However, countries such as New Zealand and the United Kingdom have lower or no patient prescription charges, minimising costs as a barrier to patients taking their medicine.

What would need to happen?

Dispensing a prescription should be an invitation for the pharmacist to interact with you and help you with advice on the effective and appropriate use of your medicine. At present, there is no incentive, other than professionalism, for pharmacists to add such value.

The proposed changes would require a major restructure to the funding of dispensing to provide incentives that are equitable and transparent and that did not adversely affect disadvantaged, rural and Indigenous people.

There would need to be agreement on reliable and valid performance measures and reliable information systems.

However, funding based on a professional service model rather than a dispensing volume model would support your pharmacist to provide greater benefit to you and the health-care system.The Conversation

John Jackson, Researcher, Faculty of Pharmacy and Pharmaceutical Sciences, Monash University and Ben Urick, Research Assistant Professor, University of North Carolina at Chapel Hill

This article is republished from The Conversation under a Creative Commons license. Read the original article.

Violent Death of Girl in Pakistan Spurs Push for Justice


Rare protest by family of tortured child puts spotlight on abuse of Christian working poor.

LAHORE, Pakistan, January 28 (CDN) — A daring protest and a high-profile funeral here on Monday (Jan. 25) for a 12-year-old Christian girl who died from torture and malnourishment has cast a rare spotlight on abuse of the Christian poor in Pakistan.

In an uncommon challenge in the predominantly Muslim nation, the Christian parents of Shazia Bashir Masih protested police unresponsiveness to the alleged violence against their daughter by Muslim attorney Chaudhary Muhammad Naeem and his family and his attempt to buy their silence after her death. The house servant died on Friday (Jan. 22) after working eight months in Naeem’s house.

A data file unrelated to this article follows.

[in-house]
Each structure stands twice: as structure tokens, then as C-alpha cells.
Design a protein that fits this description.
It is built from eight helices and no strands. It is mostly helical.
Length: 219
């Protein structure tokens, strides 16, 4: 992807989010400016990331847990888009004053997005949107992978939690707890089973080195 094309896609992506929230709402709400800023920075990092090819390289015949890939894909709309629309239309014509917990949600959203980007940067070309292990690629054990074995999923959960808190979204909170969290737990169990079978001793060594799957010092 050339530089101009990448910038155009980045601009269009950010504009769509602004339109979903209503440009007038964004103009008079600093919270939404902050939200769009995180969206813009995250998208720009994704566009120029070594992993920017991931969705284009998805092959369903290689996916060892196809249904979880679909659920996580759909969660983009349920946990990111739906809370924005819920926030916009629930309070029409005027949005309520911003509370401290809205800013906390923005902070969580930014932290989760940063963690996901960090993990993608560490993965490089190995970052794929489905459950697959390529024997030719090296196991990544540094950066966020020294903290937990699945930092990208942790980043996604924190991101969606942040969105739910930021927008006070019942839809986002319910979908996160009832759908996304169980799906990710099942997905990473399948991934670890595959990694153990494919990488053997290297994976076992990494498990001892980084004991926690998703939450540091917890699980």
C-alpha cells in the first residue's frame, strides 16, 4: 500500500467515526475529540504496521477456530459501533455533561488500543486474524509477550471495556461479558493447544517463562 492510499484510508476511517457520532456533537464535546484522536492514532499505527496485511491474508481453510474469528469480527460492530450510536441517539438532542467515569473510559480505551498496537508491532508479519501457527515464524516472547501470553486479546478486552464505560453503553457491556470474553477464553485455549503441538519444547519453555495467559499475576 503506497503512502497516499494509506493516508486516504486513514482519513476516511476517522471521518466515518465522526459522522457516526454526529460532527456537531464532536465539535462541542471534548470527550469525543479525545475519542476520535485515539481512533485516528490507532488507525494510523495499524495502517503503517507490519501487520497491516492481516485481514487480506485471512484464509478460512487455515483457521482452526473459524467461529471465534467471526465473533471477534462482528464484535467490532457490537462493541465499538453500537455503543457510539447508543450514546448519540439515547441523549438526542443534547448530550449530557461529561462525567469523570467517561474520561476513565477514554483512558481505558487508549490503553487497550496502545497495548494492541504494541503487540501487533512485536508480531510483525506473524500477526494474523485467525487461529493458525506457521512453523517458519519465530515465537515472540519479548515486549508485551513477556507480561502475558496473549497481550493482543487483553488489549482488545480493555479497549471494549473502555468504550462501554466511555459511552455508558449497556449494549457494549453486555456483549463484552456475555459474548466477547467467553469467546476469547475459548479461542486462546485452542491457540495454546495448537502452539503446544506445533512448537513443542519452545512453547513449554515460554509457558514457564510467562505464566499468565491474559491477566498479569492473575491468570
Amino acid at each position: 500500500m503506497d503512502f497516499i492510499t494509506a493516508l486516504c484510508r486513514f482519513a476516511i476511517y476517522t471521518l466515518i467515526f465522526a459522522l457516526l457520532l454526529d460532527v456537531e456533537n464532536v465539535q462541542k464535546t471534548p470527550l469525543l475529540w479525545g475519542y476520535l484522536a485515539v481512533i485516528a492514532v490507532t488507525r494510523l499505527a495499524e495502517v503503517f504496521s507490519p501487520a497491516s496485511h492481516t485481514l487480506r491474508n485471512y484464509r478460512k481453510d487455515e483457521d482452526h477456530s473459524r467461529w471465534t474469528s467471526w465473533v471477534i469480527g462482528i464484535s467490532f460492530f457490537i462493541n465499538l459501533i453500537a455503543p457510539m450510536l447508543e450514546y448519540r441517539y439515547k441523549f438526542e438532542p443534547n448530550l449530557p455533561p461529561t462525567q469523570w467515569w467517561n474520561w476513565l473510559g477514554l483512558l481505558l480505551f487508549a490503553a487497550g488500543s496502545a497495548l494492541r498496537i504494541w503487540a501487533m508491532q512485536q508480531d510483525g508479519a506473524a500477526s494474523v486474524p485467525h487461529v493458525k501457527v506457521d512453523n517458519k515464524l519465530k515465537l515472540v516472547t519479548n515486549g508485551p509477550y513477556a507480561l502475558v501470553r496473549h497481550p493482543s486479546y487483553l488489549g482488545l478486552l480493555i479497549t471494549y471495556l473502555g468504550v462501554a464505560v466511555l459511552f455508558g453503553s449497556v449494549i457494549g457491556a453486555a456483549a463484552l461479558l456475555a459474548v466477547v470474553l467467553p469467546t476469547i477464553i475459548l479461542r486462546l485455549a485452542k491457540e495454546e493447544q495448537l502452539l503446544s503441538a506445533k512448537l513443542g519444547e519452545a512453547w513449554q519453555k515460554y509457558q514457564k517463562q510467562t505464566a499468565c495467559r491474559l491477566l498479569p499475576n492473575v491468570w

An initial medical report indicated she died gradually from blows from a blunt instrument, wounds from a sharp-edged weapon, misuse of medicines and malnourishment. Key media highlighted the case on Pakistan’s airwaves, and minority rights groups along with high-ranking Christian politicians have swooped in to help.

Initially police were unresponsive to the family’s efforts to file charges against Muslim attorney Naeem, and on Saturday (Jan. 23) they staged a protest in front of the Punjab Assembly. The power of Naeem, a former president of the Lahore Bar Association, was such that officers at Litton Road police station refused to listen to Shazia’s relatives when they tried to file a complaint to retrieve her three months ago, telling the girl’s relatives, “a case against a lawyer cannot be registered,” her uncle Rafiq Masih told Compass.

Her mother, Nasreen Bibi, told Compass Naeem came to their home on the day Shazia died and offered 30,000 rupees (US$350) to keep the death secret and to pay for burial expenses.